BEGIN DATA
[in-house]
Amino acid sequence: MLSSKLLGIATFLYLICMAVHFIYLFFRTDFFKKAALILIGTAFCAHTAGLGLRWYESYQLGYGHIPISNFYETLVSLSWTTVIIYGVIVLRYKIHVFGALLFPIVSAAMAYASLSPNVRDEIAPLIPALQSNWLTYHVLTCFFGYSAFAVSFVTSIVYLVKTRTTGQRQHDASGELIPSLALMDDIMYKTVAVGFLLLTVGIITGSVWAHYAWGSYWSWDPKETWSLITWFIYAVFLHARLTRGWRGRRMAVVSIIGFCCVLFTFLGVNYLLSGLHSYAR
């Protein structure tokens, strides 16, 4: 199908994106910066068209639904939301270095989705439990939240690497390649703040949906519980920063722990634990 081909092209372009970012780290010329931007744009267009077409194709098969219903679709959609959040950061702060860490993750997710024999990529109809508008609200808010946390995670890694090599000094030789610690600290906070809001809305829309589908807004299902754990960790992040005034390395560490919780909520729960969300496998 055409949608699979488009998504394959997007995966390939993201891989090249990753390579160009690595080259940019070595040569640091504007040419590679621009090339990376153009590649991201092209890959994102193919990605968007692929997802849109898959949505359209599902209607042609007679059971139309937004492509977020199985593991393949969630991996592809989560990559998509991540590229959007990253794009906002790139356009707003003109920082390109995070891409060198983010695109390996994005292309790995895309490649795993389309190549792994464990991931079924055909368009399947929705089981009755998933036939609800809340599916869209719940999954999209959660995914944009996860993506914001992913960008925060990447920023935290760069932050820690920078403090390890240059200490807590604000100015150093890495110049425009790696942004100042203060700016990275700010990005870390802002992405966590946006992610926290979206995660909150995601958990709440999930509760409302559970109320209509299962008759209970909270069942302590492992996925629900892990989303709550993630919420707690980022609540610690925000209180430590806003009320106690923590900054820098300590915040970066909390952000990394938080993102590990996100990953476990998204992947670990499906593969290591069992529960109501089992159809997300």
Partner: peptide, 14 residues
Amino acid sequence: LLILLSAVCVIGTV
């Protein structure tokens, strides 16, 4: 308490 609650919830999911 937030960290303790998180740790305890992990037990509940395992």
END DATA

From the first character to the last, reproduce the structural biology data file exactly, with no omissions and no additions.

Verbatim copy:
[in-house]
Amino acid sequence: MLSSKLLGIATFLYLICMAVHFIYLFFRTDFFKKAALILIGTAFCAHTAGLGLRWYESYQLGYGHIPISNFYETLVSLSWTTVIIYGVIVLRYKIHVFGALLFPIVSAAMAYASLSPNVRDEIAPLIPALQSNWLTYHVLTCFFGYSAFAVSFVTSIVYLVKTRTTGQRQHDASGELIPSLALMDDIMYKTVAVGFLLLTVGIITGSVWAHYAWGSYWSWDPKETWSLITWFIYAVFLHARLTRGWRGRRMAVVSIIGFCCVLFTFLGVNYLLSGLHSYAR
């Protein structure tokens, strides 16, 4: 199908994106910066068209639904939301270095989705439990939240690497390649703040949906519980920063722990634990 081909092209372009970012780290010329931007744009267009077409194709098969219903679709959609959040950061702060860490993750997710024999990529109809508008609200808010946390995670890694090599000094030789610690600290906070809001809305829309589908807004299902754990960790992040005034390395560490919780909520729960969300496998 055409949608699979488009998504394959997007995966390939993201891989090249990753390579160009690595080259940019070595040569640091504007040419590679621009090339990376153009590649991201092209890959994102193919990605968007692929997802849109898959949505359209599902209607042609007679059971139309937004492509977020199985593991393949969630991996592809989560990559998509991540590229959007990253794009906002790139356009707003003109920082390109995070891409060198983010695109390996994005292309790995895309490649795993389309190549792994464990991931079924055909368009399947929705089981009755998933036939609800809340599916869209719940999954999209959660995914944009996860993506914001992913960008925060990447920023935290760069932050820690920078403090390890240059200490807590604000100015150093890495110049425009790696942004100042203060700016990275700010990005870390802002992405966590946006992610926290979206995660909150995601958990709440999930509760409302559970109320209509299962008759209970909270069942302590492992996925629900892990989303709550993630919420707690980022609540610690925000209180430590806003009320106690923590900054820098300590915040970066909390952000990394938080993102590990996100990953476990998204992947670990499906593969290591069992529960109501089992159809997300």
Partner: peptide, 14 residues
Amino acid sequence: LLILLSAVCVIGTV
């Protein structure tokens, strides 16, 4: 308490 609650919830999911 937030960290303790998180740790305890992990037990509940395992």